ERIC Number: ED254430
Record Type: RIE
Publication Date: 1985-Apr
Teaching Science to Gifted Children: The Model and the Message.
Wolfe, Lila F.
This paper is concerned with the kind of messages about science conveyed to 23 young gifted children enrolled at the McGill Summer School for Gifted and Talented Children in Montreal while utilizing a particular teaching model. Five science lessons were analyzed by applying a newly developed scheme to classroom interactions. The scheme helps to identify three views of science, i.e., the two polar views of sensationalism and formalism, and a rational, balanced via media view. The pedagogy in this gifted class involved the application of the Calvin Taylor Multiple Talent Approach--a teaching model which focuses on developing six talent areas to enhance the inquiry skills of gifted/talented students. The talent areas include creativity and decision-making talents, planning and forecasting talents, communication talent, and thinking ability. Recognizing that gifted children have more general knowledge and varied experiences than students not so identified, it was hypothesized that applying the Taylor model would facilitate children's acquisition of a via media view of science; this was not borne out. Analysis revealed that only two of the six inquiry skills were being developed during lessons, and in such a way as to convey a sensationalist view of science more often than a via media view. These results have important implications in developing science curricula for and teaching science to gifted children. (JN)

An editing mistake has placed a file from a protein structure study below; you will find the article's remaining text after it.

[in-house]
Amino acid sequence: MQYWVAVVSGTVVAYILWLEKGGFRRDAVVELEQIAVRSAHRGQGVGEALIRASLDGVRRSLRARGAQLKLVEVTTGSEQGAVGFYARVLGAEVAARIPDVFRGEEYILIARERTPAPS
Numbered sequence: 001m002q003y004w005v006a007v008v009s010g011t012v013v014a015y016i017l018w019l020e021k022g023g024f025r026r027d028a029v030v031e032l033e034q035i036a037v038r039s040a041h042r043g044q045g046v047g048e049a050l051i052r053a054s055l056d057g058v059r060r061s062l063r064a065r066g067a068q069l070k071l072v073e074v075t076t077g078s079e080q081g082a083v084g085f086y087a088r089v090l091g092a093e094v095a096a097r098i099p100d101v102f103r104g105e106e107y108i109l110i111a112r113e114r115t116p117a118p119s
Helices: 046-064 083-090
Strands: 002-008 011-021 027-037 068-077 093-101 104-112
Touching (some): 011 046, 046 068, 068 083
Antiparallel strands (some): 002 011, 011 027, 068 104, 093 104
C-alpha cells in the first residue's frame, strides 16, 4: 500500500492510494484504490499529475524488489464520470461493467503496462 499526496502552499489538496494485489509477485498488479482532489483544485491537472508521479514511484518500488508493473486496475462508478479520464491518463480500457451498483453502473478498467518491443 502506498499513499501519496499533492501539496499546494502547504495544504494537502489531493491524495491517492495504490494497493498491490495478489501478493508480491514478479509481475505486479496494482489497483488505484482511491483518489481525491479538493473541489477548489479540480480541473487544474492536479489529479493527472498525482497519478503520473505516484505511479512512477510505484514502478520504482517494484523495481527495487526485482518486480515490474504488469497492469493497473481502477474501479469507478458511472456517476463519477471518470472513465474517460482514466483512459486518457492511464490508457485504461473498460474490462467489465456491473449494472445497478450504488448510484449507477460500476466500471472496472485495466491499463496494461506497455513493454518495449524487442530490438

Publication Type: Reports - Research; Speeches/Meeting Papers
Education Level: N/A
Sponsor: McGill Univ., Montreal (Quebec).
Authoring Institution: N/A
Note: Paper presented at the Annual Meeting of the National Association for Research in Science Teaching (58th, French Lick Springs, IN, April 15-18, 1985).